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Aruba, September 25, 2017 - Artificial intelligence keeps getting creepier. In one controversial study, researchers at Stanford University have demonstrated that facial recognition technology can identify gay people with surprising precision, although many caveats apply. Imagine how that could be used in the many countries where homosexuality is a criminal offense.

The lead author of the “gaydar” study, Michal Kosinski, argues that he’s merely showing people what’s possible, so they can take appropriate action to prevent abuse. I’m not convinced.
When people hear about algorithms recognizing people through masks, finding terrorists and identifying criminals, they tend to think of dystopian movies like “Minority Report,” in which Tom Cruise prevented murders with the help of “precogs” -- human beings with supernatural, albeit fatally flawed, foresight caused by a childhood neurological disease.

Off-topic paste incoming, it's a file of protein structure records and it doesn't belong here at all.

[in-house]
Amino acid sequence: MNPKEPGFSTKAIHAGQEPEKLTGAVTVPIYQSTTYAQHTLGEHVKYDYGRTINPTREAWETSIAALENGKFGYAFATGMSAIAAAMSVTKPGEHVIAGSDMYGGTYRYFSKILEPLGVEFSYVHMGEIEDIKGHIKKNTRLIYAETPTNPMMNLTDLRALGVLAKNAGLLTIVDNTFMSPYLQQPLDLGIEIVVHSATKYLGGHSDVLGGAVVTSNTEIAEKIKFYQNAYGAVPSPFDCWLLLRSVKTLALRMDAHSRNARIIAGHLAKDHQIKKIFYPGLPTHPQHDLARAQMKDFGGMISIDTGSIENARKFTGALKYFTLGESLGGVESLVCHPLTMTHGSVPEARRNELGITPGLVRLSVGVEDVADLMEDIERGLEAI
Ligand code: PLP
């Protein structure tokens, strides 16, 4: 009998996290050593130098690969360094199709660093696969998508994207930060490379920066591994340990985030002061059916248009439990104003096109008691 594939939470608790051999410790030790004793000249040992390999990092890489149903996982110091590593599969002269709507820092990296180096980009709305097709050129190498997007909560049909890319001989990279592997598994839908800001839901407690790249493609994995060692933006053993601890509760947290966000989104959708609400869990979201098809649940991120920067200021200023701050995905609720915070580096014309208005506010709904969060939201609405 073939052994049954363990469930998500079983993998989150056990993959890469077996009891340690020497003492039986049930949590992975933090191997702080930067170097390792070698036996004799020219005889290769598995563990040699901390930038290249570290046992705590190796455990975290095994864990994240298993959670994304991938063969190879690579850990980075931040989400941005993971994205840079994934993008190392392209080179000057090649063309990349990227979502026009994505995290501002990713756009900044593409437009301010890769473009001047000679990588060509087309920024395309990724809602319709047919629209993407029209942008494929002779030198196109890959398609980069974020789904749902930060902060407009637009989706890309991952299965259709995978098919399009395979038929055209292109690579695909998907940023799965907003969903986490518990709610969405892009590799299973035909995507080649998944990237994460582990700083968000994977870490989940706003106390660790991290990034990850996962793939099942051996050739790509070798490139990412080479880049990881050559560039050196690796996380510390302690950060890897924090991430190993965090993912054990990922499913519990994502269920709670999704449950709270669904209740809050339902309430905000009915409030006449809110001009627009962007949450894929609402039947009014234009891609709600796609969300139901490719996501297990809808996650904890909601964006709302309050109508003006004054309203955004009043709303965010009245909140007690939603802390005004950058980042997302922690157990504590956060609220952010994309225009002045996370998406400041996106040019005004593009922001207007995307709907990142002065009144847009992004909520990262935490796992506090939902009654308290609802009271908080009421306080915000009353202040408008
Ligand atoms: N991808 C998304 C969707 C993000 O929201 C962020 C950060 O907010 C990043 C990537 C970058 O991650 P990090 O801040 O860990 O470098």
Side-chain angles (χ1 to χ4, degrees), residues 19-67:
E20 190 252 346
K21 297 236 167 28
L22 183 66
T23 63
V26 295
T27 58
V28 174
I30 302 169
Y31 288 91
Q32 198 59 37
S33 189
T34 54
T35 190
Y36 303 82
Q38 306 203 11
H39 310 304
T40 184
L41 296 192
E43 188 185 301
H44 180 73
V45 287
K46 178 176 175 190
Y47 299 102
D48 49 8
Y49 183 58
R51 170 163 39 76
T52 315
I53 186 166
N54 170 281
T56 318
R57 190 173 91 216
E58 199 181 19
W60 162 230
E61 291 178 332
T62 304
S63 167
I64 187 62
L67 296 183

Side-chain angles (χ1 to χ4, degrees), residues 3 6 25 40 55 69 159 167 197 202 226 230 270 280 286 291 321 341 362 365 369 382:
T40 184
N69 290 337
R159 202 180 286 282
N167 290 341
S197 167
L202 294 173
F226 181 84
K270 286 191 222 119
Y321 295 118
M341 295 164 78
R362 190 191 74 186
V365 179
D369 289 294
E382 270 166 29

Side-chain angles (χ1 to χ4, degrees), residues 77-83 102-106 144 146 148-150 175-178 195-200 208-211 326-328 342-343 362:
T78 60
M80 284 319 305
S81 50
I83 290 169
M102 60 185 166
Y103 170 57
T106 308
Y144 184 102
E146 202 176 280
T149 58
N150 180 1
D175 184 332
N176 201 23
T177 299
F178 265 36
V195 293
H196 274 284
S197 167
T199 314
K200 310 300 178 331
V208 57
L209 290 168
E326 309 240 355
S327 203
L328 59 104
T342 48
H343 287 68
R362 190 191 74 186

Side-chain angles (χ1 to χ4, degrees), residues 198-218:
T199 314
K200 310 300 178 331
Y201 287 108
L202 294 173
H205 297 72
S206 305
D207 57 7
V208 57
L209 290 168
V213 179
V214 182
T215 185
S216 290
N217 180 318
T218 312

Reality is much worse. We don’t have precognition. We have algorithms that, although better than random guessing and sometimes more accurate than human judgment, are very far from perfect. Yet they’re being represented and marketed as if they’re scientific tools with mathematical precision, often by people who should know better.
This is an abuse of the public’s trust in science and in mathematics. Data scientists have an ethical duty to alert the public to the mistakes these algorithms inevitably make -- and the tragedies they can entail.
That’s the point I made in a recent conversation with Kosinski, who is also known for creating the “magic sauce” psycho-profiling algorithm that Cambridge Analytica later adapted to campaign for both Brexit and Donald Trump.
His response was that we’re both trying to warn the world about the potential dangers of big data, but with different methods. He’s showing the world the “toy versions” of algorithms that can and surely are being built with bigger and better data elsewhere -- and he doesn’t derive any income from the commercial applications. Academic prototyping, if you will.